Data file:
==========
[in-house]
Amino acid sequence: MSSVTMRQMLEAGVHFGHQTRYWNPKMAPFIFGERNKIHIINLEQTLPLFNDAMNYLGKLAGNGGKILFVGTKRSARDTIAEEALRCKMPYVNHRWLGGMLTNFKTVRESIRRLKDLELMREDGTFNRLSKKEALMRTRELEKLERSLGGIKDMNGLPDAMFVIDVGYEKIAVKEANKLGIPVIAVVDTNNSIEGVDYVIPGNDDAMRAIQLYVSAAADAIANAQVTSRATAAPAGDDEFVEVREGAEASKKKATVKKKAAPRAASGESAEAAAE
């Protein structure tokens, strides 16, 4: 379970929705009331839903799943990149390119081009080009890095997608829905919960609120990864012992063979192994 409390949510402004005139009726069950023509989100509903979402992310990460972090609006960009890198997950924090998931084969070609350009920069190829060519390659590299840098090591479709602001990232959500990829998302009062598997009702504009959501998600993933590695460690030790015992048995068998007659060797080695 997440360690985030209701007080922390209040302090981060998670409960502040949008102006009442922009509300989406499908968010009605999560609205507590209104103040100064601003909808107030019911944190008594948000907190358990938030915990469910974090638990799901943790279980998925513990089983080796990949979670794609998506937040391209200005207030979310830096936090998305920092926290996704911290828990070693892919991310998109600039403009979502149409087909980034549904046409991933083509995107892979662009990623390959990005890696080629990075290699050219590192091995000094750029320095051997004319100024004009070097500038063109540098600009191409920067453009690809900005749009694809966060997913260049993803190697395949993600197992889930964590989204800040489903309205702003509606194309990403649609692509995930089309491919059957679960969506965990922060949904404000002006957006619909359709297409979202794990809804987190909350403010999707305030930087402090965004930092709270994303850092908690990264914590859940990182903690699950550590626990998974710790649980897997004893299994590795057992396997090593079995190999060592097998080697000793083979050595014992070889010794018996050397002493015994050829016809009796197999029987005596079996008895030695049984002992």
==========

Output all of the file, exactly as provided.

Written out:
[in-house]
Amino acid sequence: MSSVTMRQMLEAGVHFGHQTRYWNPKMAPFIFGERNKIHIINLEQTLPLFNDAMNYLGKLAGNGGKILFVGTKRSARDTIAEEALRCKMPYVNHRWLGGMLTNFKTVRESIRRLKDLELMREDGTFNRLSKKEALMRTRELEKLERSLGGIKDMNGLPDAMFVIDVGYEKIAVKEANKLGIPVIAVVDTNNSIEGVDYVIPGNDDAMRAIQLYVSAAADAIANAQVTSRATAAPAGDDEFVEVREGAEASKKKATVKKKAAPRAASGESAEAAAE
């Protein structure tokens, strides 16, 4: 379970929705009331839903799943990149390119081009080009890095997608829905919960609120990864012992063979192994 409390949510402004005139009726069950023509989100509903979402992310990460972090609006960009890198997950924090998931084969070609350009920069190829060519390659590299840098090591479709602001990232959500990829998302009062598997009702504009959501998600993933590695460690030790015992048995068998007659060797080695 997440360690985030209701007080922390209040302090981060998670409960502040949008102006009442922009509300989406499908968010009605999560609205507590209104103040100064601003909808107030019911944190008594948000907190358990938030915990469910974090638990799901943790279980998925513990089983080796990949979670794609998506937040391209200005207030979310830096936090998305920092926290996704911290828990070693892919991310998109600039403009979502149409087909980034549904046409991933083509995107892979662009990623390959990005890696080629990075290699050219590192091995000094750029320095051997004319100024004009070097500038063109540098600009191409920067453009690809900005749009694809966060997913260049993803190697395949993600197992889930964590989204800040489903309205702003509606194309990403649609692509995930089309491919059957679960969506965990922060949904404000002006957006619909359709297409979202794990809804987190909350403010999707305030930087402090965004930092709270994303850092908690990264914590859940990182903690699950550590626990998974710790649980897997004893299994590795057992396997090593079995190999060592097998080697000793083979050595014992070889010794018996050397002493015994050829016809009796197999029987005596079996008895030695049984002992």